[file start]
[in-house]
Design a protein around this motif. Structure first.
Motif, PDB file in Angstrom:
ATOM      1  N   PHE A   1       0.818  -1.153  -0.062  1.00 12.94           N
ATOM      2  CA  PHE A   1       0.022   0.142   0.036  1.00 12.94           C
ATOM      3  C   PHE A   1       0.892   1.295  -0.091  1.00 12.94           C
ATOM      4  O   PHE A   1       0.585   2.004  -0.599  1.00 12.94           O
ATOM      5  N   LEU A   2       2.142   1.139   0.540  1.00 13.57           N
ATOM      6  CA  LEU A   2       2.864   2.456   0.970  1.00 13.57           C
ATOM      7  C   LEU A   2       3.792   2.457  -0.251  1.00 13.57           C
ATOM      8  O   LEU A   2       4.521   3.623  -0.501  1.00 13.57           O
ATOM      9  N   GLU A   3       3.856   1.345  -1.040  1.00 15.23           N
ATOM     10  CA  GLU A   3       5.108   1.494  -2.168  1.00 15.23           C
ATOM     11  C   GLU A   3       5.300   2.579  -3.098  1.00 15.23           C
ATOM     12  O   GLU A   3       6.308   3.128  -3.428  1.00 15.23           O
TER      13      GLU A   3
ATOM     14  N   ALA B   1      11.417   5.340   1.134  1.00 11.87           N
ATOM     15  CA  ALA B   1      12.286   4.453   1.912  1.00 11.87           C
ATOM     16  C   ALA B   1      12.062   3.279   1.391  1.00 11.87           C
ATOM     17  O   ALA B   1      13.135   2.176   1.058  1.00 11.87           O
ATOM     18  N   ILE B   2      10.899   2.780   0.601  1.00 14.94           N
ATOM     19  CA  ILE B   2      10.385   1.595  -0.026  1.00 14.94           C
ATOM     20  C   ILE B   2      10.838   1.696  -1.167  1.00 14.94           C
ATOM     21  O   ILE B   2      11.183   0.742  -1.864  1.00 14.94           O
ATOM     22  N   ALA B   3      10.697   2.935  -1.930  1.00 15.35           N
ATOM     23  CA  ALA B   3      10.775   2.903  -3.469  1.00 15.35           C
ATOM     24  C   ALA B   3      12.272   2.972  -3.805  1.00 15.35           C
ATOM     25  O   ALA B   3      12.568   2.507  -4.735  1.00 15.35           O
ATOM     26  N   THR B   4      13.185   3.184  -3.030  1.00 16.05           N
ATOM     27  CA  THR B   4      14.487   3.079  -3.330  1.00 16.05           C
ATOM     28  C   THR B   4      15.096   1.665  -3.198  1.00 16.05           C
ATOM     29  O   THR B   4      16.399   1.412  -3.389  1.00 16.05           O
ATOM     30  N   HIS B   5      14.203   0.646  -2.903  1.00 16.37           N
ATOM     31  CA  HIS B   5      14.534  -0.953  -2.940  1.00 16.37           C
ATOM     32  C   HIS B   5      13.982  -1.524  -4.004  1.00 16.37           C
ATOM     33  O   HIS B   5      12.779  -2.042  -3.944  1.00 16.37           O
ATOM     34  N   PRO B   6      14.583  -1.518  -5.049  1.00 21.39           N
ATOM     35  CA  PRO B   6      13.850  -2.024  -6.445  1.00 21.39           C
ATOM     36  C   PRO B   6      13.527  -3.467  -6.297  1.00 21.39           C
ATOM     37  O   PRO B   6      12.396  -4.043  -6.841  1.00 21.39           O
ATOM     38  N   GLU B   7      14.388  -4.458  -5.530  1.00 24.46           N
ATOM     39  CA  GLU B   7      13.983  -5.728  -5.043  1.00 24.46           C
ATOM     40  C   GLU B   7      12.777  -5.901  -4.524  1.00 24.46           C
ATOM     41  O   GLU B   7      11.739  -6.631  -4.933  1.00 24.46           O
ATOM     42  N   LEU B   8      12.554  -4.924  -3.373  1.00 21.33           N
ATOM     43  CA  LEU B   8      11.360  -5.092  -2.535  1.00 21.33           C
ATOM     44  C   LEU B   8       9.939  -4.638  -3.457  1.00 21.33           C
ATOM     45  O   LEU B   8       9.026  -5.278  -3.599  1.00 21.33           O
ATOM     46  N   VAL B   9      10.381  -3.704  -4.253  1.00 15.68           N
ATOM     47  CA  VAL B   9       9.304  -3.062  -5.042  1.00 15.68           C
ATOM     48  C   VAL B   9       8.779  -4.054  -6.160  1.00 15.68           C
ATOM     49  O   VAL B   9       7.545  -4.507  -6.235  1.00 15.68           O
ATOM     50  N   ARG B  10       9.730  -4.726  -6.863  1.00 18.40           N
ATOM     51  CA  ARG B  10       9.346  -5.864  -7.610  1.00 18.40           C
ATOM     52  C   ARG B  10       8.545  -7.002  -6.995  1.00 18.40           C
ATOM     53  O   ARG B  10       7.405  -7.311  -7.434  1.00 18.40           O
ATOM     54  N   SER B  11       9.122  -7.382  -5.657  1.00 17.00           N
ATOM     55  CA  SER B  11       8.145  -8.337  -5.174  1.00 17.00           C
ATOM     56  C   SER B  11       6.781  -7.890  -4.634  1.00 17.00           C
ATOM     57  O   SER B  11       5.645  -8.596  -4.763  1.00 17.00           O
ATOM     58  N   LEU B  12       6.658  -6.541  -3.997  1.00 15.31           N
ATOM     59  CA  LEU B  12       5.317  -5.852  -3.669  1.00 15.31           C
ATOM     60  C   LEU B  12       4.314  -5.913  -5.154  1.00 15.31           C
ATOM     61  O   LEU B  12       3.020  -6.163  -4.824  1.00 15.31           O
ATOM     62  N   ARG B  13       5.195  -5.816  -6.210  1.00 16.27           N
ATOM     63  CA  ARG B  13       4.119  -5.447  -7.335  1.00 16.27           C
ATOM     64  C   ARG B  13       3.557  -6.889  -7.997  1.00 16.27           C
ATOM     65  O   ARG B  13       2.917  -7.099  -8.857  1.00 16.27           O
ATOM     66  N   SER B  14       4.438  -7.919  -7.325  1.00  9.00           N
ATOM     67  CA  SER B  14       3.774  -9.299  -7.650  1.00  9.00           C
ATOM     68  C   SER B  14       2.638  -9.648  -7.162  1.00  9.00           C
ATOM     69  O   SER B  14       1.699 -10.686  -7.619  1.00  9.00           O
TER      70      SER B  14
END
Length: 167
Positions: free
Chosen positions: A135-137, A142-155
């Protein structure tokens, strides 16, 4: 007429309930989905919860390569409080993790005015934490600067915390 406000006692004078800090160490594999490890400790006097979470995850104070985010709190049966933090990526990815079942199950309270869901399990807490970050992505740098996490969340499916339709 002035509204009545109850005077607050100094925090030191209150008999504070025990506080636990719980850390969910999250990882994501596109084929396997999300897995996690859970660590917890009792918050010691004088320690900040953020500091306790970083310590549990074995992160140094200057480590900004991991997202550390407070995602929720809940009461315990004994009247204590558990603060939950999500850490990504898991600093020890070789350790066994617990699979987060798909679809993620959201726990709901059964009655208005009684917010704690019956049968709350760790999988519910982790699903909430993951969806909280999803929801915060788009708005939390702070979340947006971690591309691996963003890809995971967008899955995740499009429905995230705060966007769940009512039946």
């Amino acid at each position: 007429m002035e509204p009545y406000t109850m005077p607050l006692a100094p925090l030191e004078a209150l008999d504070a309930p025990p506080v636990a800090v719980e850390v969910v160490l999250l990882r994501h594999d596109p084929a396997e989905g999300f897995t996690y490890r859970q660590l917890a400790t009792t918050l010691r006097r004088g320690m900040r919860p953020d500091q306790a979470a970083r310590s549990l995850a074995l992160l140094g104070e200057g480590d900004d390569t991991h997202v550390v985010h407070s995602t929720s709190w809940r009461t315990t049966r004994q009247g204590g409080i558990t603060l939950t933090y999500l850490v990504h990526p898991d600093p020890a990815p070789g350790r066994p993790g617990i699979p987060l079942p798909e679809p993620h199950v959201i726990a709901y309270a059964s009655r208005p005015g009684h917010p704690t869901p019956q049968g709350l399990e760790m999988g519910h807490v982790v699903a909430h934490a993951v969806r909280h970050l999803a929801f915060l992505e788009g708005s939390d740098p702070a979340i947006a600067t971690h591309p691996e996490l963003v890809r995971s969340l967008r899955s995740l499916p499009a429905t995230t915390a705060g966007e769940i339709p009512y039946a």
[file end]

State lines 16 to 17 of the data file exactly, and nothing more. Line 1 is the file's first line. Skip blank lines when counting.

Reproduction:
TER      13      GLU A   3
ATOM     14  N   ALA B   1      11.417   5.340   1.134  1.00 11.87           N